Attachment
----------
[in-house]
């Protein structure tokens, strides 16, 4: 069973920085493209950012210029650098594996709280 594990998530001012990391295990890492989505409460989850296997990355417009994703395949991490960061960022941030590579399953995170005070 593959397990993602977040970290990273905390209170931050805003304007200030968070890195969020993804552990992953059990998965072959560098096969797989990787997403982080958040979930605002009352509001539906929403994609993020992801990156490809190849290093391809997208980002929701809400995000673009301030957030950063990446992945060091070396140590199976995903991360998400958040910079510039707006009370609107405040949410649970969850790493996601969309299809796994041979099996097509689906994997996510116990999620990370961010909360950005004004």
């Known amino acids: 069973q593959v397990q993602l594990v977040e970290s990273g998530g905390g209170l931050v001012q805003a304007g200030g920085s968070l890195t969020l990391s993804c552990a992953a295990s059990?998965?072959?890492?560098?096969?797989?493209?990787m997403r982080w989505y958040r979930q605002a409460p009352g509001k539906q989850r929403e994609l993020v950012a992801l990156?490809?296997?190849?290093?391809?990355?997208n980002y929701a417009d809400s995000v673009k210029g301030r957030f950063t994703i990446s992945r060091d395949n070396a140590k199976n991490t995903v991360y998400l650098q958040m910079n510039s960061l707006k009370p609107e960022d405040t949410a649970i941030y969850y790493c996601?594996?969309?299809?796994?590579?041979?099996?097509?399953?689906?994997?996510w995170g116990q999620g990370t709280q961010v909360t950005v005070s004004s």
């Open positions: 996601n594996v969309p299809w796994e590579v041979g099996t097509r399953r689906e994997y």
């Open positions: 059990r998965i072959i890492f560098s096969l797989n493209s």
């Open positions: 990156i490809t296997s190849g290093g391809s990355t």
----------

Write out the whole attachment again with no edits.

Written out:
[in-house]
């Protein structure tokens, strides 16, 4: 069973920085493209950012210029650098594996709280 594990998530001012990391295990890492989505409460989850296997990355417009994703395949991490960061960022941030590579399953995170005070 593959397990993602977040970290990273905390209170931050805003304007200030968070890195969020993804552990992953059990998965072959560098096969797989990787997403982080958040979930605002009352509001539906929403994609993020992801990156490809190849290093391809997208980002929701809400995000673009301030957030950063990446992945060091070396140590199976995903991360998400958040910079510039707006009370609107405040949410649970969850790493996601969309299809796994041979099996097509689906994997996510116990999620990370961010909360950005004004």
């Known amino acids: 069973q593959v397990q993602l594990v977040e970290s990273g998530g905390g209170l931050v001012q805003a304007g200030g920085s968070l890195t969020l990391s993804c552990a992953a295990s059990?998965?072959?890492?560098?096969?797989?493209?990787m997403r982080w989505y958040r979930q605002a409460p009352g509001k539906q989850r929403e994609l993020v950012a992801l990156?490809?296997?190849?290093?391809?990355?997208n980002y929701a417009d809400s995000v673009k210029g301030r957030f950063t994703i990446s992945r060091d395949n070396a140590k199976n991490t995903v991360y998400l650098q958040m910079n510039s960061l707006k009370p609107e960022d405040t949410a649970i941030y969850y790493c996601?594996?969309?299809?796994?590579?041979?099996?097509?399953?689906?994997?996510w995170g116990q999620g990370t709280q961010v909360t950005v005070s004004s």
């Open positions: 996601n594996v969309p299809w796994e590579v041979g099996t097509r399953r689906e994997y």
């Open positions: 059990r998965i072959i890492f560098s096969l797989n493209s």
């Open positions: 990156i490809t296997s190849g290093g391809s990355t």